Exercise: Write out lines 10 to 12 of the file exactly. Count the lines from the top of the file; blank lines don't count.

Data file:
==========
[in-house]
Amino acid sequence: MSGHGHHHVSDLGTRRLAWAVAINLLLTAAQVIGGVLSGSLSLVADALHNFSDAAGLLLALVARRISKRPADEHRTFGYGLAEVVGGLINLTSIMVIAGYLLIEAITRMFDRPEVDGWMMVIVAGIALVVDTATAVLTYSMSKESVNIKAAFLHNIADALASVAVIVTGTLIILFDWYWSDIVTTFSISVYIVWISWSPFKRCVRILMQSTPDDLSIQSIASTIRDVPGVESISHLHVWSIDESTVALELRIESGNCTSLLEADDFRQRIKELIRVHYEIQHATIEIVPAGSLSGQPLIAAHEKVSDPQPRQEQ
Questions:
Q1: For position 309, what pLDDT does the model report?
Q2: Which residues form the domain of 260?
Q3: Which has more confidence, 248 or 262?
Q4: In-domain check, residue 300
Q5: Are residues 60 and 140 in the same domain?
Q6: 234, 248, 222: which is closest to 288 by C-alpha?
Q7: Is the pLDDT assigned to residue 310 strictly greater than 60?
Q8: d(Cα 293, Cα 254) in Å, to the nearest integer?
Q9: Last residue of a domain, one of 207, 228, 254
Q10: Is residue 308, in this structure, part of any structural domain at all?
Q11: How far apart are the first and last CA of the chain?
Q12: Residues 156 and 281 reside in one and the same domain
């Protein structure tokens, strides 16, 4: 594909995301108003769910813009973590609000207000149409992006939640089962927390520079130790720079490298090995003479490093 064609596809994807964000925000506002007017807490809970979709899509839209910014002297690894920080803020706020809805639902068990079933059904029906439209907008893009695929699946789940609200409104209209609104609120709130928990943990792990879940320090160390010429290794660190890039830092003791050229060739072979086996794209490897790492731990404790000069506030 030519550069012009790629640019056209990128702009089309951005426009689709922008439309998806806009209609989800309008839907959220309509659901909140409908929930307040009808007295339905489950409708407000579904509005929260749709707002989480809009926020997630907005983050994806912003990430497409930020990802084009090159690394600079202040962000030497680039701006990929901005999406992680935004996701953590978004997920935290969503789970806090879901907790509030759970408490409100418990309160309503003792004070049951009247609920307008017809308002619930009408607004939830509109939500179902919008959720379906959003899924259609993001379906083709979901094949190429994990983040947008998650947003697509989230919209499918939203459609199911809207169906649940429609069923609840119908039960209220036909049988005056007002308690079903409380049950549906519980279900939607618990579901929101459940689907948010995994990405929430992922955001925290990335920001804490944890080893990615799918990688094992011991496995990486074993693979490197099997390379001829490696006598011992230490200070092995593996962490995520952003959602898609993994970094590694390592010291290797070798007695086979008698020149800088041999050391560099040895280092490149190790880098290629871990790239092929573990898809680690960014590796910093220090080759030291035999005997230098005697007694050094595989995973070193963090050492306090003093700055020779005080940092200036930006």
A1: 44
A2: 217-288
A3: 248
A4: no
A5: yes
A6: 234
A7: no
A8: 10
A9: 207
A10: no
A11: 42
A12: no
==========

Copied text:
Q7: Is the pLDDT assigned to residue 310 strictly greater than 60?
Q8: d(Cα 293, Cα 254) in Å, to the nearest integer?
Q9: Last residue of a domain, one of 207, 228, 254